Just over a week ago, the Council of Ministers approved the draft law for a new Covered Bonds Act (CBA), which is to be presented to Parliament by the Minister of Finance and subsequently adopted after going through the relevant legislative procedure. The Bill aims, as explicitly mentioned in its additional provisions, to harmonise in our national legislation the prescriptions of Directive (EU) 2019/2162 of the European Parliament and of the Council of 27 November 2019 on the issuance and public supervision of covered bonds and amending Directives 2009/65/EC and 2014/59/EU.
Should the Bill be voted on and passed, the new CBA would expressly repeal the current Mortgage Bonds Act. The CBA introduces a number of additional rules and provisions. First, the Bill details the pool of assets (the so-called “Cover Pool”) that can be used to secure covered bonds. The pool is to be expanded compared to the current regime by adding a number of new eligible assets. The bill also contains a detailed regulation on the possibility of including derivative contracts in the pool.
The Bill contains the possibility to create so-called “intra-group covered bond structures”. This enables the relevant issuing bank in a particular group, subject to certain conditions, to include covered bonds issued by it in the pool of covered bonds issued by another bank in the same group.
The Bulgarian National Bank (BNB) is designated as the competent authority for the supervision of covered bonds. In particular, it carries out dedicated public supervision, which gives it special powers in the exercise of this function. These powers include: the right of free access to the business premises of the entities subject to supervision, to adopt guidelines for issuing banks, to impose coercive administrative measures and administrative sanctions, etc. It is also the authority authorising the issue or programme of covered bonds. The relevant application procedure for the issuance of covered bonds to be submitted by the issuing bank to the BNB and the documents to be attached thereto are reflected in the draft law.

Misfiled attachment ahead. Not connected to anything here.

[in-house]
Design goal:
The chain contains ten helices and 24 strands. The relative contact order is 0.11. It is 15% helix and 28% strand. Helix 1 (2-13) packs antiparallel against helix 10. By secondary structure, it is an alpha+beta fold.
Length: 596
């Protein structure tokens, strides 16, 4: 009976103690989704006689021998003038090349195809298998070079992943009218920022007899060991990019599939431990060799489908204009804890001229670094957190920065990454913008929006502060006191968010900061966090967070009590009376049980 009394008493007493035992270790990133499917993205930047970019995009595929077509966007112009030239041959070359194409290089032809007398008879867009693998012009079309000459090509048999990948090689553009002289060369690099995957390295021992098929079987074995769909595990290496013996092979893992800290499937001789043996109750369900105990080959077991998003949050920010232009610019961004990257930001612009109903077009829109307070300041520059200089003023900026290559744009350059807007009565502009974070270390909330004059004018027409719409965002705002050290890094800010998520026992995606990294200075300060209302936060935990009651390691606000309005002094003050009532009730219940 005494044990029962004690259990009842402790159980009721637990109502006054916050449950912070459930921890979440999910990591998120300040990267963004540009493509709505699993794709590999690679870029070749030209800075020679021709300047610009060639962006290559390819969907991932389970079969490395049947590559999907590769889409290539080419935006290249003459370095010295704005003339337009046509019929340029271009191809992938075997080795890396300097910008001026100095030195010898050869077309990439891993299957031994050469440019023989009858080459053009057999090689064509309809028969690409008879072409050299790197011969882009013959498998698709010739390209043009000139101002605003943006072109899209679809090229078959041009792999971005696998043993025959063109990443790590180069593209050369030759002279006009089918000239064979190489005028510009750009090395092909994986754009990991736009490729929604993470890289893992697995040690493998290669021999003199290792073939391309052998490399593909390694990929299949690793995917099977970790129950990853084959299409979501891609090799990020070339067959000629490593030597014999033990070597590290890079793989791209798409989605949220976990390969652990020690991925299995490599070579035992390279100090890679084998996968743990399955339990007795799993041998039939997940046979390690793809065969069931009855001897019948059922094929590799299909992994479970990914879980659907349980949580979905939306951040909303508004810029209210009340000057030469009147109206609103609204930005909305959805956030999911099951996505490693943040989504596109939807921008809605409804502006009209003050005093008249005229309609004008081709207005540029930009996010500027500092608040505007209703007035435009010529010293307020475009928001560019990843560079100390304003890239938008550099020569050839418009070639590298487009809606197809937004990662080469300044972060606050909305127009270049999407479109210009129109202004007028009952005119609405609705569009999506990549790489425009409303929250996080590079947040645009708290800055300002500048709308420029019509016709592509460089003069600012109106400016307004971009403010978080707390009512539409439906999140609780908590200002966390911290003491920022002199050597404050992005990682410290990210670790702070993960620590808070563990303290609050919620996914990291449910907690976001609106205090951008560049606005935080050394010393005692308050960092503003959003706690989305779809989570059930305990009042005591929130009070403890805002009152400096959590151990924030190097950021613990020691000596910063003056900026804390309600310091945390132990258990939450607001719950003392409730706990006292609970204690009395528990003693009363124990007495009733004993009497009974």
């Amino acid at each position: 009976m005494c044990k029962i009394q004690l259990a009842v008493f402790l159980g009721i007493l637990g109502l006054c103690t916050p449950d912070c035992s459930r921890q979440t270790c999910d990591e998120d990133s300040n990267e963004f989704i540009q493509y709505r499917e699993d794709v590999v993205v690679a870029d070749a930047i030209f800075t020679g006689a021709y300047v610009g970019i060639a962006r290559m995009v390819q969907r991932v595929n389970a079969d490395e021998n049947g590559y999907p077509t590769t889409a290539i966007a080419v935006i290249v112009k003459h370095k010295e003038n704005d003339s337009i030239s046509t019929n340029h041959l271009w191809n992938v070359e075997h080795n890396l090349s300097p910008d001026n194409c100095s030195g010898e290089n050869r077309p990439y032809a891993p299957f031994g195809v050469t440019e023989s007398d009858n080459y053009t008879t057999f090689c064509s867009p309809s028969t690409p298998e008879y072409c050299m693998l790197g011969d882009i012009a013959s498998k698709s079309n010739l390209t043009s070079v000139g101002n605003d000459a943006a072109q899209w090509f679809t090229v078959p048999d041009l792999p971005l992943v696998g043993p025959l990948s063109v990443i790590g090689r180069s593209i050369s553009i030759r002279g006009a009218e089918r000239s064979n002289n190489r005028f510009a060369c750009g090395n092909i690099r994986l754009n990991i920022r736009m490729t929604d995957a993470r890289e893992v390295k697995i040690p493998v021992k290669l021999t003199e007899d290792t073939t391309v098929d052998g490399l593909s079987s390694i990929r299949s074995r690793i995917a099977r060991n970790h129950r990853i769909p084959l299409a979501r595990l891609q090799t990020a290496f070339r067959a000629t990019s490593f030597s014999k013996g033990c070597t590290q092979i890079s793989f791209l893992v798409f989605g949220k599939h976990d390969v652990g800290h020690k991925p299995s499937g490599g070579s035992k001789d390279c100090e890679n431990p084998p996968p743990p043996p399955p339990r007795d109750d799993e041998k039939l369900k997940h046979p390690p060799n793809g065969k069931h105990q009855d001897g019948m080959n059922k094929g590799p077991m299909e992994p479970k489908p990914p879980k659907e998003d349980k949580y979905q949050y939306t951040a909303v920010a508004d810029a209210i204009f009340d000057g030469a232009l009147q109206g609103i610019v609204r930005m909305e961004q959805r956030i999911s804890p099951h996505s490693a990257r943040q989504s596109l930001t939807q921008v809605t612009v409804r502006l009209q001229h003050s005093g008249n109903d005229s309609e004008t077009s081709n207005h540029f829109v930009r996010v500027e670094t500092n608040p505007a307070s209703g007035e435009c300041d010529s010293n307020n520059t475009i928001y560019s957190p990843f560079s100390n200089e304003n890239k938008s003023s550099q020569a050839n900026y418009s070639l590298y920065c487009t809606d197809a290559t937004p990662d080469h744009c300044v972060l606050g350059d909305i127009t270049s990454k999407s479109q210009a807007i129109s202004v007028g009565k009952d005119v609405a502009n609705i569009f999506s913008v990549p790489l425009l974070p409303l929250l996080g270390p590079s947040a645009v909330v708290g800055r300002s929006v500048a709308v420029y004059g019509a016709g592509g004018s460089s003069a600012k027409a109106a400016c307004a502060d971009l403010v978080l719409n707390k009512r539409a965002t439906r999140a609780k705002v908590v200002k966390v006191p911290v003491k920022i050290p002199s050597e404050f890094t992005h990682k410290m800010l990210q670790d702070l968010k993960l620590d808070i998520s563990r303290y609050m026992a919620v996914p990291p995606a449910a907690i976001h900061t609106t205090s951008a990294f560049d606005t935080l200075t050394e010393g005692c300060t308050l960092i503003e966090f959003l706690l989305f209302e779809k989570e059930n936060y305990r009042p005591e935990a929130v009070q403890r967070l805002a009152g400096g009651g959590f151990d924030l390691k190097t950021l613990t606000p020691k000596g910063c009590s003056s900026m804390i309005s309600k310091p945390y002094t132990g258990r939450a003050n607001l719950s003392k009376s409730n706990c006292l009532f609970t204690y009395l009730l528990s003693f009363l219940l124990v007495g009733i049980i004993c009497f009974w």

Another point of interest is the figure of the cover monitor, whose appointment is regulated by the draft law as an option in the hands of the issuing bank. His functions consist primarily of monitoring and controlling the cover pool to ensure that the collateral within the pool is maintained in a lawful manner, compliance with cover recordkeeping requirements, compliance with pool liquidity requirements, etc. Reporting and disclosure requirements regarding covered bonds and the range of their collateral are also detailed.
The BNB, as the authority exercising specialised public supervision, is given the possibility in certain cases to appoint an extraordinary manager to manage the covered bonds of the issuing bank. These cases include, for example, the event of revocation of the banking licence of the issuing bank, as well as cases where the issuing bank has been authorised for voluntary liquidation.
Last but not least, the draft law provides for the procedure of issuance (by the BNB Board of Governors) and the time limits for appeals against administrative acts in relation to covered bonds and their management and supervision. The latter Section III reflects the different types and amounts of sanctions provided for in the case of breach of the provisions of the relevant provisions of the CBA.
According to the explanatory memorandum to the draft law, some of the main objectives of the new CBA are: facilitating the use of covered bonds by credit institutions, further developing the legal framework for covered bonds to ensure higher levels of reliability of this instrument and protection of investors, overall stimulation of investments and diversification of the range of investors, etc.